The Creativity Issue: Why Imaginative Play in Early Childhood Could be the Key to Creativity in Adulthood

Parents can embrace pretend play, imaginary friends and make-believe worlds to support kids' creative potential.

Parker Barry

Helen Shwe Hadani, Ph.D.

Childhood is a magical time when cardboard boxes can turn into castles or spaceships, and teddy bears can request extra sugar in their tea. Creativity may be a hallmark of childhood, but it’s not just child’s play. In fact, many scientists have found that identifying and nurturing creative potential in the early years of childhood is crucial for developing the next generation of innovators with the skills needed to solve tomorrow’s greatest challenges.

But do kids today have the opportunity to fully explore their creativity? Or are packed schedules, structured activities and a heavy focus on early academics and testing leaving too little time for young kids to free their minds?

Why pretend play matters

Kids are curious, playful, imaginative and open to new experiences. Often, kids express their imagination and creativity through imaginary play and the creation of imaginary companions. According to a growing body of research, scientists have found a strong link between kids who engage in this type of play with a high level of creativity in adulthood.

Pretend play helps kids develop executive function skills, or the ability to plan and exert self-control and focus. Kids learn to inhibit their impulses and follow socially based rules. When kids engage in role-play, they have to take the perspective of another (e.g., what would Superman do?) and simulate the other’s beliefs, desires and emotions.

Researchers discovered that pretend play is predictive of “divergent” thinking — generating creative ideas by exploring many possible solutions — and original thinking over time. One study, conducted by Sandra Russ, a professor of psychology at Case Western Reserve University, followed kids for 10 years, from first and second grades into high school. The scientists found that the quality of fantasy and imagination in the early grade-school years was positively related to divergent thinking ability in high school.

Kids are curious, playful, imaginative and open to new experiences.

Imaginary friends? You’re in good company

Another form of imaginative play linked to long-term creativity is the act of creating make-believe friends. Kids with imaginary companions were found to be more creative on two of three estimates of creativity, according to a study published in Creativity Research Journal. The theory is that imaginary companions promote originality of ideas by allowing kids to discover opportunities, explore materials and use them in new ways.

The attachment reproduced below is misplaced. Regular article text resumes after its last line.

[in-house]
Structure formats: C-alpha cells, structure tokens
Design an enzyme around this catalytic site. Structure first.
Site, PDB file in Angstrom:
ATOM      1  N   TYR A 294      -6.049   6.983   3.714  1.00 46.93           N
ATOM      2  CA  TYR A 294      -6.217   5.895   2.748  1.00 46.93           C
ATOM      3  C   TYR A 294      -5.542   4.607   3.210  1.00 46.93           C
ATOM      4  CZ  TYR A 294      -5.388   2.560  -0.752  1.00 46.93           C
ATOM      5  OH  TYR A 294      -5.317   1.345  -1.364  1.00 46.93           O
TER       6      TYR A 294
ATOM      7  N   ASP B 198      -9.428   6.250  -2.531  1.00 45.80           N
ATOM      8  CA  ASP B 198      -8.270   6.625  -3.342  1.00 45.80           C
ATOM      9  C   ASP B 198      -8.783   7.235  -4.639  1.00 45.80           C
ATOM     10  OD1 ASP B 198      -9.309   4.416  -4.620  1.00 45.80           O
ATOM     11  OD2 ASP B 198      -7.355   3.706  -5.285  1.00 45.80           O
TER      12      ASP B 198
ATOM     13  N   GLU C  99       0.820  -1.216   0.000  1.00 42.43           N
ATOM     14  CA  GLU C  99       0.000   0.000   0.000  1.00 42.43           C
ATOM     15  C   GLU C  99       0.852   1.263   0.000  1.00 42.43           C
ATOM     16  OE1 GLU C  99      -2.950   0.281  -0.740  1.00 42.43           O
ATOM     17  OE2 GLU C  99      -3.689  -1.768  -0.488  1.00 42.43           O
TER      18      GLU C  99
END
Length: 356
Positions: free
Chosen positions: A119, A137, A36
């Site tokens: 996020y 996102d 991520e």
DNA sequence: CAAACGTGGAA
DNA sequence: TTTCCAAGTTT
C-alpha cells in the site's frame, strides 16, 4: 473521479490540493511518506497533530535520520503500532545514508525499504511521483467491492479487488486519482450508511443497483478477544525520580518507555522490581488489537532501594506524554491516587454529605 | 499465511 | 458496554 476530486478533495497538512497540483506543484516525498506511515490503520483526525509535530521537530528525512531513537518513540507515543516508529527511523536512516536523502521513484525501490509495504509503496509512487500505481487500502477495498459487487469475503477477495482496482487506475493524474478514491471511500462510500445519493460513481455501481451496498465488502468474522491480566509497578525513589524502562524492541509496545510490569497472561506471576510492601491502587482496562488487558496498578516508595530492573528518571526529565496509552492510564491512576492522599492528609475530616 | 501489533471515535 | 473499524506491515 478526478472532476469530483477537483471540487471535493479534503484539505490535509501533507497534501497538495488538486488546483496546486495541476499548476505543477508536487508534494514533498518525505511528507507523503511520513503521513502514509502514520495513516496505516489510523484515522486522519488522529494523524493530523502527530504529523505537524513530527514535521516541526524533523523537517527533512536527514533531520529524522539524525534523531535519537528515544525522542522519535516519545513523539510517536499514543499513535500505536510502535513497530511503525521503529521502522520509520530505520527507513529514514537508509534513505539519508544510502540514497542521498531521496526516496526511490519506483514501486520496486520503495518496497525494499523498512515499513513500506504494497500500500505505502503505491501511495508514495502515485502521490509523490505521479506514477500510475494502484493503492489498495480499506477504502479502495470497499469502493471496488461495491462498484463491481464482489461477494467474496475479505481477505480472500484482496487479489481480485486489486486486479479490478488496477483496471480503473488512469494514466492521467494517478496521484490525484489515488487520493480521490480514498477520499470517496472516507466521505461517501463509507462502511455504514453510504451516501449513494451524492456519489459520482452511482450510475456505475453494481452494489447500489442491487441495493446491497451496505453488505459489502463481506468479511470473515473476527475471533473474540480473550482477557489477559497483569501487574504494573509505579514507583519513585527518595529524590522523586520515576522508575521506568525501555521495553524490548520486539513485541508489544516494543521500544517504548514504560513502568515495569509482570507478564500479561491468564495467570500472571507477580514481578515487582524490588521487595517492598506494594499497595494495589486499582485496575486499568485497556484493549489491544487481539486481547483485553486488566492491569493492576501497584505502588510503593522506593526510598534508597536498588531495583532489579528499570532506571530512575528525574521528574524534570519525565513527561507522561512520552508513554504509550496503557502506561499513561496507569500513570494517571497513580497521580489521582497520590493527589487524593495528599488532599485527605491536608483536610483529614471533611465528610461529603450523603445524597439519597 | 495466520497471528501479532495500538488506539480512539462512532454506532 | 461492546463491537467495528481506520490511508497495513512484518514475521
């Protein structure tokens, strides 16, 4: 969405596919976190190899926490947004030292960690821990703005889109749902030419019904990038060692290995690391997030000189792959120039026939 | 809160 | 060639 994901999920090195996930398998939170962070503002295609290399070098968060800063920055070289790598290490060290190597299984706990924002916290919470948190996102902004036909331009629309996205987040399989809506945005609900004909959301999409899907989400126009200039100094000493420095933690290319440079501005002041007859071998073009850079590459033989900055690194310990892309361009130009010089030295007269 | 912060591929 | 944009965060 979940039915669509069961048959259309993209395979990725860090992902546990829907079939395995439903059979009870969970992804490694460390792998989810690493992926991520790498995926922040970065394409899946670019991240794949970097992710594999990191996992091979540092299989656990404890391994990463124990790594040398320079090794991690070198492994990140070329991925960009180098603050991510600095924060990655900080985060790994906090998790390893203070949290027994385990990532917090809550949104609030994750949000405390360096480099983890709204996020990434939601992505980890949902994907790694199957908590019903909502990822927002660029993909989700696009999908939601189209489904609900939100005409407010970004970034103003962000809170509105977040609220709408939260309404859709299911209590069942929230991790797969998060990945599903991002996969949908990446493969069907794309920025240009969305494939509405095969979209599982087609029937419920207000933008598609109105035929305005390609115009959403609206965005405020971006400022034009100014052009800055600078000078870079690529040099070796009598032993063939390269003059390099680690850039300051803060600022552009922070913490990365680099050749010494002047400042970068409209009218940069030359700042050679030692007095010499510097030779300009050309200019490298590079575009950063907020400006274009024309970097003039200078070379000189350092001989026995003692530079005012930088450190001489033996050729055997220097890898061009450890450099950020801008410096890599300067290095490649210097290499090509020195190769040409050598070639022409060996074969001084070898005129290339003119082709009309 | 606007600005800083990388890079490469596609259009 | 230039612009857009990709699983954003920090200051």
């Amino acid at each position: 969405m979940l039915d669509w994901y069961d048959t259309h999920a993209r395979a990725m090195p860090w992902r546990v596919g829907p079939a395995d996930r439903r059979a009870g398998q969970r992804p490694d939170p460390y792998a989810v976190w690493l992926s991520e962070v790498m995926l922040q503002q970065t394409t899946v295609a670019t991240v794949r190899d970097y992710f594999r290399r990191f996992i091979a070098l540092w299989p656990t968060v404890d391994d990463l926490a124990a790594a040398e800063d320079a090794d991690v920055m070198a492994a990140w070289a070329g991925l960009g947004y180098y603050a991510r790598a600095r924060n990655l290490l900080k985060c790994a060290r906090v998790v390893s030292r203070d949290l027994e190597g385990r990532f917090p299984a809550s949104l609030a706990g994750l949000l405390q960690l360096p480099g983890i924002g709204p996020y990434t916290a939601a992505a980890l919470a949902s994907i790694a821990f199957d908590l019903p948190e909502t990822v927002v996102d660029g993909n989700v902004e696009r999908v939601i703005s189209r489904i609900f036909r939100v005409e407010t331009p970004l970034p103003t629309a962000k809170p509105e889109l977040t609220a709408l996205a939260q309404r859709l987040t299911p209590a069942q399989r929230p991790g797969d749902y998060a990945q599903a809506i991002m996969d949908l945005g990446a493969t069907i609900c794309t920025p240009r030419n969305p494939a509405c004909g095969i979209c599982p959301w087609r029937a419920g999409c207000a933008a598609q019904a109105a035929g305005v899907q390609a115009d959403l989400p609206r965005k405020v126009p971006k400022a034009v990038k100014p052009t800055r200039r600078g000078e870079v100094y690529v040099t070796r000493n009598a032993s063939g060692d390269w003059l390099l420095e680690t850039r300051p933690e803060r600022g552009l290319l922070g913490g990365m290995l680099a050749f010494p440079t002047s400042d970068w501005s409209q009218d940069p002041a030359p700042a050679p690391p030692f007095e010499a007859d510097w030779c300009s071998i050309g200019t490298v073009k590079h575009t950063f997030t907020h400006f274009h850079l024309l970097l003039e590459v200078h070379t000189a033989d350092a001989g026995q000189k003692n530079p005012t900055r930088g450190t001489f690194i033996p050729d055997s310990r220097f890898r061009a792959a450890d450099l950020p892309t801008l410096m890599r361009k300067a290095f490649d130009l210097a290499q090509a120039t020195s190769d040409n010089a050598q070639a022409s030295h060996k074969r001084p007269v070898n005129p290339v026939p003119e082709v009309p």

Some of today’s creative celebrities have revealed they had imaginary friends. Justin Timberlake, Cher and Channing Tatum have all talked about their imaginary friends. Cher told Us Weekly that she had not one but two imaginary friends, both lumberjacks. And Tatum told GQ that as a kid, he would even save an extra place at the table for his imaginary friend, Boy.

A whole new — imaginary — world

A less common form of imaginary play is paracosms, or the creation of full imaginary worlds, which typically starts at later ages (peaking around age 9 and fading in the late teenage years). When kids create imaginary worlds they sometimes invent special people, countries and languages, and these worlds can be described in elaborate detail through stories, pictures and maps.

Researchers found a link between kids who invent imaginary worlds and adults who innovate and invent. In the World Play Project, Robert and Michele Root-Bernstein found that about a quarter of the MacArthur Fellows they studied (“Genius Grant” recipients) had invented imaginary worlds as children. In fact, many of the fellows who shared their intricate imaginary worlds could articulate how the invention of those worlds in childhood nurtured and trained their creativity capacities in adulthood.

Researchers found a link between kids who invent imaginary worlds and adults who innovate and invent.

How you can support your kid

While all children have creative potential, researchers found that kids are heavily influenced and persuaded by outside environmental factors, which can encourage or disrupt this development. With this in mind, adults will want to be mindful not to discourage kids from pretend play, imaginary friends or make-believe worlds.

The space and time for creative exploration needs to be protected and cultivated through reinforcement by peers, parents and teachers. This is especially important before and during the “fourth-grade slump” when kids begin to experience more social pressure. Around this age, the ability to be spontaneous, flexible and confident enough to take risks diminishes.

If we want to raise the next generation of entrepreneurs, inventors and problem-solvers, we need to actively cultivate creativity in kids. Rich imaginative play is not wasted time. So let your child create wild and complex narratives and encourage their unique imaginative play scenarios.0


Creativity is increasingly recognized as a key to success in our rapidly changing world. According to a 2010 study conducted by IBM, more than 1,500 CEOs from 60 countries and 33 industries believe that creativity is the key to successfully navigating an increasingly complex world. In the study, creativity beat out rigor, management, discipline, integrity and even vision. Creativity allows us to recognize needs, to see challenges in a new light and to problem-solve with fresh approaches.

Helen Shwe Hadani, Ph.D., is head of research at the Center for Childhood Creativity at the Bay Area Discovery Museum.

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